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Of war-mongering and accountability

Print edition : Feb 02, 2002 T+T-

By moving to take on the government of Pakistan, the BJP-led regime is pursuing a policy based on the BJP's agenda rather than one in the national interests, even at the risk of war.

WHEN Parliament meets on February 25, the Opposition should demand answers of the government to the questions which people have been asking. Was it necessary for it to bring the country to the brink of war? What national interest was served by running such high risks, not excluding the risk of a nuclear war? For all the risks incurred, the enormous sums of money spent and the tensions generated, what has the government to show to the people by way of the results? And such as they are, do they bear any proportion to the risks, the expense and the tensions? And, how long will the confrontation last? Home Minister L.K. Advani said on January 25 that he would "need a couple of months to judge if there has been... any diminution of cross-border terrorism".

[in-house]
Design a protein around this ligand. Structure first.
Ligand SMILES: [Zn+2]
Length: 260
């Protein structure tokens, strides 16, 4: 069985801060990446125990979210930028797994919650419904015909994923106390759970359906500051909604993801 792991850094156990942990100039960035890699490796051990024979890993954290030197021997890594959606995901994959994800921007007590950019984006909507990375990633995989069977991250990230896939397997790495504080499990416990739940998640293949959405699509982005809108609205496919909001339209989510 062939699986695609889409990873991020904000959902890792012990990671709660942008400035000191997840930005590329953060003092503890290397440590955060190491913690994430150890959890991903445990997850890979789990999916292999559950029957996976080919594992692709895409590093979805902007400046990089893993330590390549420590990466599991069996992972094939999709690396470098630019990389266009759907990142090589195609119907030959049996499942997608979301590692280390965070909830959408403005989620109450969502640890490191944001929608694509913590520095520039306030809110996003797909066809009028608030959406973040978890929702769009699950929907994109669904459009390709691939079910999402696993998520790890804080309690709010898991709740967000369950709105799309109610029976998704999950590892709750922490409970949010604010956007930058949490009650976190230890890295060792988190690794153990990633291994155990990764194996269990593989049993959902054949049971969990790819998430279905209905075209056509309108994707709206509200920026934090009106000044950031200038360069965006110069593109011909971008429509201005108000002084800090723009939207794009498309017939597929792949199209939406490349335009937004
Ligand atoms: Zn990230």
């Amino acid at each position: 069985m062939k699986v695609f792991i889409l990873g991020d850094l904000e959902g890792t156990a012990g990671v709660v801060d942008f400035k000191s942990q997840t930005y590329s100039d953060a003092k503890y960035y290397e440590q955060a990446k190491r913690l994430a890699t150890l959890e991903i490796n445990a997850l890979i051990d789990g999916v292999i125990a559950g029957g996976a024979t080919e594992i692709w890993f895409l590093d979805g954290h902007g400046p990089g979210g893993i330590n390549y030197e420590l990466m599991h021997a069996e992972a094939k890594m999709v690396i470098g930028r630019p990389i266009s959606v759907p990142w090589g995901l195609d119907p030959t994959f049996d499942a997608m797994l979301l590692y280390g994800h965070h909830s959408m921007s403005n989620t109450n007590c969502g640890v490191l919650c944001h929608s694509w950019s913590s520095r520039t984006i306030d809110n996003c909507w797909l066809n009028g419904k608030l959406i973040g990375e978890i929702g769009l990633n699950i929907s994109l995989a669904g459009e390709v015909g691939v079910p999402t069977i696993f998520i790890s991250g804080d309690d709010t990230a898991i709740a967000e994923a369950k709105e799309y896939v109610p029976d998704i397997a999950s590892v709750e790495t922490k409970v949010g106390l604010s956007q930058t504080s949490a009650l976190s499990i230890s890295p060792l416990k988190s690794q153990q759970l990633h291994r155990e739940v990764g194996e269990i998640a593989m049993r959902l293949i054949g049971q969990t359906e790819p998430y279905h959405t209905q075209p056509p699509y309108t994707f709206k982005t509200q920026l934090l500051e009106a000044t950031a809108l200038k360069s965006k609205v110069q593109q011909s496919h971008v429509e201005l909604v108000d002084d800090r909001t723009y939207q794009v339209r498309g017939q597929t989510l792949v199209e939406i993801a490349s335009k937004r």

The author of the policy of brinkmanship, John Foster Dulles, was not unwilling to gamble with human lives when he said, "If you are scared to go to the brink, you are lost" (Life, January 16, 1956). This very course was adopted by the Indian government when it massed 500,000 troops along the international border with Pakistan and along the Line of Control (LoC). The people were indignant over the attack on Parliament House on December 13, 2001. No country, no government can fail to respond to such an outrage which bore every sign of aid and inspiration from a source in Pakistan, the Jaish-e-Mohammad (JeM). It was as clear to any person in his right mind that the Government of Pakistan could not, would not have mounted the attack. It had not taken leave of its senses to take on New Delhi in New Delhi itself.

But, the Bharatiya Janata Party regime decided to take on the Government of Pakistan. Its objectives became evident as the events unfolded. One names the BJP advisedly, for two reasons. First, nothing much is left of the ramshackle coalition which the National Democratic Front (NDA) once was. Secondly, the regime in power was not pursuing a policy based on the national consensus and in the national interest. It was pursing a BJP agenda even at the risk of war and damage to the national interest. That interest was served pre-eminently by the demarche to Pakistan made on the morrow of the attack. It was limited to redress of a grave wrong.